No 14 October 31, 2007
•Amendments to the legislation on subsoil have been signed into law •Bringing fight against corruption to a new level •Russia values its partnership with Kazakhstan •Indo-Kazakh cooperation on dynamic rise, says envoy
•Kazakhstan’s Government readjusts 2007 GDP growth forecast •Kazchrome to launch chrome pellet plant in 2009
•Kazakhstan target Astana success at Tour de France
Amendments to the legislation on subsoil have been signed into law
Last week President of Kazakhstan signed amendments to the Law on Subsoil Use. The amendments have been initiated by Kazakh MPs after a substantial debate focusing on the protection of economic interests of Kazakhstan in situations when foreign partners in major deals persistently do not live up to their commitments.
There were a lot of controversial speculations about the amendments in the energy community implying that the measure would impair the investment climate in Kazakhstan. But Kazakhstan’s Prime Minister and Energy Minister have made it very clear that the main target of the amendments are those foreign operators in Kazakhstan who ignore legitimate economic interests of the country and do not stick to their contractual obligations. Both officials have unequivocally confirmed that the Government continues to be fully committed to the principle of sanctity of contracts.
First of all, the amendments will apply only to a limited number of strategically important oil blocks where subsoil user’s malpractice could seriously damage economic interests and national security of Kazakhstan. The Government will identify such oil blocks in a special list.
Secondly, the amendments in no way affect one of the main principles and clauses of the Subsoil Law (Article 45-2) which provides for the parties to negotiate situations which affect the balance of economic interests. Should they fail to do so then the court ruling will prevail with full market compensation to the affected party if a contract is ruled as terminated because of a malpractice by an operator.
Thirdly, the protecting clause of the Law which fixes the right to a court appeal for an operator remains fully intact.
The Government has made it very clear that by promulgating the amendments it has switched on the protection mechanism for situations when the nation’s strategic economic interests could be seriously endangered.
The best way to avoid application of the amendments is to operate and do business as per contract, strongly recommends the Government. The amendments will apply only to those who violate undertaken commitments.
Bringing fight against corruption to a new level
Kazakhstan’s Secretary of State Kanat Saudabayev chaired a regular session of the Commission under the President of the Republic of Kazakhstan on the Fight against Corruption in Ak Orda (Presidential Palace) on October 29.
The session focused on the work of state bodies in fighting corruption during the nine months of 2007; raising the quality of anti-corruption expertise of existing and new legal acts; strengthening financial discipline in state organs and legal entities with governmental participation; and introducing criteria for rating the levels of corruption in state bodies. The Commission heard reports on the issues from Sarybai Kalmurzaev, Chairman of the Agency on the fight against economic and corruption related crimes, Zagipa Baliyeva, Minister of Justice, and Omarkhan Oksikbayev, Chairman of the Accounting Committee for control of the execution of the national budget. Sergei Zlotnikov, Executive Director of Transparency Kazakhstan, also took part in the meeting.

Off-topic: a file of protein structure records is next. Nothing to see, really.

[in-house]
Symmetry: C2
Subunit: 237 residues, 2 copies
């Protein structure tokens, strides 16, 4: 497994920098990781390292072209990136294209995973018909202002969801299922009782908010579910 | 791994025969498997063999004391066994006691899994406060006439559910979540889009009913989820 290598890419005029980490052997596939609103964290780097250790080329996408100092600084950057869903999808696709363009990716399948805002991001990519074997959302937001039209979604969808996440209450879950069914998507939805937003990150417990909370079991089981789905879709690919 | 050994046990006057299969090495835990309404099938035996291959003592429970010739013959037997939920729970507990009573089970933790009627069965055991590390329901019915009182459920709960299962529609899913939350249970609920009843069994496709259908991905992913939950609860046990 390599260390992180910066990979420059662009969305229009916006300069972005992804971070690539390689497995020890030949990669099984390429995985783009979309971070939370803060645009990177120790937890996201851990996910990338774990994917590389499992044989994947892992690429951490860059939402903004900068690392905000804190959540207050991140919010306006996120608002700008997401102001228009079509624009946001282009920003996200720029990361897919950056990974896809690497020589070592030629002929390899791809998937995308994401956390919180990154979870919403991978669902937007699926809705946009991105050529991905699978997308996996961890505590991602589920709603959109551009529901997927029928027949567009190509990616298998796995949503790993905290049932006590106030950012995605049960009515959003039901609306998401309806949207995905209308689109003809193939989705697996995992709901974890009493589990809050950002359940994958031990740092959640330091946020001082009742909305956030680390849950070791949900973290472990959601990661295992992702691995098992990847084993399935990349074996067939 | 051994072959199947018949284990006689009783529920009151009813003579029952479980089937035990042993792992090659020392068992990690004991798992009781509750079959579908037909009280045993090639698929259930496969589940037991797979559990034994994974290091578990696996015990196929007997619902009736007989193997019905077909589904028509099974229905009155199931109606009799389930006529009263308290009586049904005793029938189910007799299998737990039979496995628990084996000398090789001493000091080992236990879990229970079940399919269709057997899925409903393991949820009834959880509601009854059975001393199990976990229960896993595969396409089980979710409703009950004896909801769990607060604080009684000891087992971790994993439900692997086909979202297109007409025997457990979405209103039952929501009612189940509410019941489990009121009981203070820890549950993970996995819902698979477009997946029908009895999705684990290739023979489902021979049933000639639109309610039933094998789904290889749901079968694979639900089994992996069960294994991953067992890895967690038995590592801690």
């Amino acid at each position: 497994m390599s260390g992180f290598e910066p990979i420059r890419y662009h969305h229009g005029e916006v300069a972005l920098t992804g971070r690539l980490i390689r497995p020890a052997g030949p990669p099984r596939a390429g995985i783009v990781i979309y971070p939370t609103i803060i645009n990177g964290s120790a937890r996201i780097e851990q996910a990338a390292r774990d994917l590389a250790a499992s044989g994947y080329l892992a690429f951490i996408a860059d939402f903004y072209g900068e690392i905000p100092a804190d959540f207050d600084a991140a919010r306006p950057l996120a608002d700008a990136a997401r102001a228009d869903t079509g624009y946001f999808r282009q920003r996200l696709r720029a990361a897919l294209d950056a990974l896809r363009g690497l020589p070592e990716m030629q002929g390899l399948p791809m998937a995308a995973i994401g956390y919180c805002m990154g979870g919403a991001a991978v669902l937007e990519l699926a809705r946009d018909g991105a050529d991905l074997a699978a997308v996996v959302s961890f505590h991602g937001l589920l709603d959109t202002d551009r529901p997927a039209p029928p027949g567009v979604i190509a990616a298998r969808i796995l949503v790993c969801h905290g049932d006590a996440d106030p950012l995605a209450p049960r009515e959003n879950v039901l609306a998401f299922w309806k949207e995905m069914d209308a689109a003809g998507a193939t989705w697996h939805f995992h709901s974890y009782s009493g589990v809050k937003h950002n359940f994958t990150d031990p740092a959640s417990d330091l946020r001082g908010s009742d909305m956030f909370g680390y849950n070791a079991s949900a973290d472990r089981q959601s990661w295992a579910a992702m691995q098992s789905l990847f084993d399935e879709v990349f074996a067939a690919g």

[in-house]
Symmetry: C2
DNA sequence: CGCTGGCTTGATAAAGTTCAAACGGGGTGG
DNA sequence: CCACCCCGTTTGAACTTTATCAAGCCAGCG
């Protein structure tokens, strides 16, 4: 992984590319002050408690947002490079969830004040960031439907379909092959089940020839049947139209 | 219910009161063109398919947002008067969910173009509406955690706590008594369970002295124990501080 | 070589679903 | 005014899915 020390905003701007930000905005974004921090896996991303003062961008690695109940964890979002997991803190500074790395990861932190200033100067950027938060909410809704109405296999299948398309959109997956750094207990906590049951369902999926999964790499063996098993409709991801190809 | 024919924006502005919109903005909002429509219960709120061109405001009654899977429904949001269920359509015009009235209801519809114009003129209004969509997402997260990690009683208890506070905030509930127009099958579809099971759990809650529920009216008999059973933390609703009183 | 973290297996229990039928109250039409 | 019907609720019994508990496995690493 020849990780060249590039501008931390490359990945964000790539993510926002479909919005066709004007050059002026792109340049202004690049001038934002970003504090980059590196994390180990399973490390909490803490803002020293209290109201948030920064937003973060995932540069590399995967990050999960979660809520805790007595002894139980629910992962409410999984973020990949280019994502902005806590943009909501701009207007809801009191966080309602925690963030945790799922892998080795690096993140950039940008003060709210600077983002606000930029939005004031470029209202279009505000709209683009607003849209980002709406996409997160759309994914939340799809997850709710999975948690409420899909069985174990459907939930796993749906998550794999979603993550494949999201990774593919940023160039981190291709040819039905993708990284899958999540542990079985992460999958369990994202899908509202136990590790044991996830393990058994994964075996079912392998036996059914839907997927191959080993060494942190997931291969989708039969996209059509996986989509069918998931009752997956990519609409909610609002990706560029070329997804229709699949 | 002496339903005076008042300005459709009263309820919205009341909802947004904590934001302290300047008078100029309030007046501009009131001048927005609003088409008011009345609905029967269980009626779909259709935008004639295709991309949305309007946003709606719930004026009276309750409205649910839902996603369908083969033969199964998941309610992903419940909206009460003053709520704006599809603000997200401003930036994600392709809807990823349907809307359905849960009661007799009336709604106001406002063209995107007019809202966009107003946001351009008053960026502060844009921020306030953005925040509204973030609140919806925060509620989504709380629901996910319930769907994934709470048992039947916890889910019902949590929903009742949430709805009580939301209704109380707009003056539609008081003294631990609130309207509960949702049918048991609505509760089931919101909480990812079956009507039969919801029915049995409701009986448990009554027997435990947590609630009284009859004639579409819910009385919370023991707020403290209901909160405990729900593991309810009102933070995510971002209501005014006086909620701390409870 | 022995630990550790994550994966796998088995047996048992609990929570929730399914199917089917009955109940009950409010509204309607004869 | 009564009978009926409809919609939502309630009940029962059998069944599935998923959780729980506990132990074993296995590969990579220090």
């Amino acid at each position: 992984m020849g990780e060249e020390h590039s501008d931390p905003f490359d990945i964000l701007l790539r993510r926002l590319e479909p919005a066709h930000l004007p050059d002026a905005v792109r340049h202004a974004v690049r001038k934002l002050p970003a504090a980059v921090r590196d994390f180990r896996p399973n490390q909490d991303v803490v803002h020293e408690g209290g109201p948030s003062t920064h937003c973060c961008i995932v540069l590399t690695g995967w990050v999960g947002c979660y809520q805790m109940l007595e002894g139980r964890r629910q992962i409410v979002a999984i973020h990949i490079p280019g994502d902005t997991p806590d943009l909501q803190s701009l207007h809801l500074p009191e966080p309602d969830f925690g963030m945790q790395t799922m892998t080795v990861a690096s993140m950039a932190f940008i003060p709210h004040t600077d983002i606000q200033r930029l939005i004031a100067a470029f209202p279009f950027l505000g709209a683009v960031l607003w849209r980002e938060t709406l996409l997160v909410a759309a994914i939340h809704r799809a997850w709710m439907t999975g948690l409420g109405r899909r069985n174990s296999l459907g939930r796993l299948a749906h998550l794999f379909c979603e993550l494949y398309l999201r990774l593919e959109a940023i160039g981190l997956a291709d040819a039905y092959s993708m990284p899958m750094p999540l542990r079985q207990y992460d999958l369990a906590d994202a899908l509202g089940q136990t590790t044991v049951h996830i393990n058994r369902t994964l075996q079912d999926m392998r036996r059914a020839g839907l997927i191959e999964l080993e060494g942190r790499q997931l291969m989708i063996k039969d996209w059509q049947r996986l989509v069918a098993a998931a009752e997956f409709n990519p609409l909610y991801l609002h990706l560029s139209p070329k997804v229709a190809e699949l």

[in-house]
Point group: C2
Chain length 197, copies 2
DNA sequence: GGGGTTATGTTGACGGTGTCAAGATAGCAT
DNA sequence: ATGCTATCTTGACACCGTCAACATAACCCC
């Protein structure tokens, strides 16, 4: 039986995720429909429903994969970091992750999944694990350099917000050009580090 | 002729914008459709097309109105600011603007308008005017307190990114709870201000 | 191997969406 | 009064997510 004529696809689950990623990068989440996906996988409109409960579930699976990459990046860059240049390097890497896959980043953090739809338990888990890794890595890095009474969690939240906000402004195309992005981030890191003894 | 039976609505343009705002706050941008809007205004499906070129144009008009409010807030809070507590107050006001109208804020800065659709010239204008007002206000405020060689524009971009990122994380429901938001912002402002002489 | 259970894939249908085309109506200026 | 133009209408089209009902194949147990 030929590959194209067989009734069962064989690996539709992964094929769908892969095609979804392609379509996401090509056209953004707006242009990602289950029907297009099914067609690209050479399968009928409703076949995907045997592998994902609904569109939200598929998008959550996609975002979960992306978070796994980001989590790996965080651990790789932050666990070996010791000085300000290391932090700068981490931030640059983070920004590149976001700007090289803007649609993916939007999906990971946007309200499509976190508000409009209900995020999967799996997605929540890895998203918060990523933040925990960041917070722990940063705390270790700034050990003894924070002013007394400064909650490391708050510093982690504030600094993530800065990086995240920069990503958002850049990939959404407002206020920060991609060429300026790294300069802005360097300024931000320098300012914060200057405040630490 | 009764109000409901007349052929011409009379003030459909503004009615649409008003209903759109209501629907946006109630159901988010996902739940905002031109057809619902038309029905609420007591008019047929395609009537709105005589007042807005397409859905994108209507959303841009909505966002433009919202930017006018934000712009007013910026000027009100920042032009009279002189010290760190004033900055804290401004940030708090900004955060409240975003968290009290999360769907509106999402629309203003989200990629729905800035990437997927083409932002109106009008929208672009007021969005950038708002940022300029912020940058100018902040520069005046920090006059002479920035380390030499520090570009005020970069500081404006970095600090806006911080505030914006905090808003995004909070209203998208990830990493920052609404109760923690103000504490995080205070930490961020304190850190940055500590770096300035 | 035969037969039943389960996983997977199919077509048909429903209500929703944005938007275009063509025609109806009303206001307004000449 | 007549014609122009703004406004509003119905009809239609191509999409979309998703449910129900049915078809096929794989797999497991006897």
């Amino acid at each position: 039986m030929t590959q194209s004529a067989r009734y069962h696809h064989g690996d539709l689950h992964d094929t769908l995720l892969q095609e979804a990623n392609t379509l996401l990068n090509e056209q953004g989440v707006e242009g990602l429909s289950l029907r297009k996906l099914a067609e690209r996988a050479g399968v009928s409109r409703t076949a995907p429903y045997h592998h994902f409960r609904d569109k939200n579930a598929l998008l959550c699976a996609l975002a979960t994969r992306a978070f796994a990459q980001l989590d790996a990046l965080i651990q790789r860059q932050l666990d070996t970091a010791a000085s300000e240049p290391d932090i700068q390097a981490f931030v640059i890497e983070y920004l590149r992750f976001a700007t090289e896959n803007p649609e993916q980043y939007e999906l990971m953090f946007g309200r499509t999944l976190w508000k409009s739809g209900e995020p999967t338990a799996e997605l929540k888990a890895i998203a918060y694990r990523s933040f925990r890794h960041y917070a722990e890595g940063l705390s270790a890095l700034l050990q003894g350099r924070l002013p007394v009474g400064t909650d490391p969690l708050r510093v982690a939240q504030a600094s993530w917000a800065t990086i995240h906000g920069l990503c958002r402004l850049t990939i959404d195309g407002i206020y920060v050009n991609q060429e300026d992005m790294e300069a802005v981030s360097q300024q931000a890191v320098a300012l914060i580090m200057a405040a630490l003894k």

Opening the session, Secretary of State Saudabayev said the introduction of an effective system of anti-corruption expertise for legal acts, as well as the adoption of effective measures on strengthening financial discipline in budget expenditures will lead to a more effective fight against corruption. “We need to exclude any possibility for corruption at the drafting stage of laws and sub-law acts at both central and local levels. At the same time, we must toughen the responsibility of managers of budgetary programs for non-prescribed, and therefore illegal, use of people’s money,” Kanat Saudabayev said.
At President Nazarbayev’s instructions, the Commission adopted a decision to introduce a system of rating the levels of corruption in state bodies from January 1, 2008. The system, developed taking international experience into account, will serve as a mechanism to objectively diagnose the volumes of corruption in different areas of public interaction and take timely measures against it.
Concluding the meeting, Secretary Saudabayev said: “During the years of independence, President Nursultan Nazarbayev has been leading the fight against corruption without compromises, on a systematic and continuous basis. Our Commission, which is the President’s most important tool in this area, has today adopted major principled decisions. It is now the task of executives of government bodies of all levels to ensure these decisions are unwaveringly and effectively implemented. That will be the indicator of their civic and professional responsibility. As we implement the strategy of making Kazakhstan one of the most developed and competitive countries of the world, the President demands from all of us a qualitative improvement in state services for our citizens, and the most convincing testimony of that is the real reduction of corruption in our country.”
Russia values its partnership with Kazakhstan
According to Russian Foreign Minister Sergei Lavrov, Russia highly values its partner relations with Kazakhstan, the Embassy of Kazakhstan reports referring to a news article by the ITAR TASS news agency.
“Today, we can rightfully claim that these relations are model,” Minister Lavrov stated at the conference entitled “15 Years of the Establishment of Diplomatic Relations between Russia and Kazakhstan: Results and Prospects of Cooperation” held in Astana on Tuesday.
“As good friends and neighbours, Russia and Kazakhstan respect each other’s interests in political, economic, military and other” dimensions, Lavrov said.
He cited the energy sphere as an exemplary element of bilateral relations.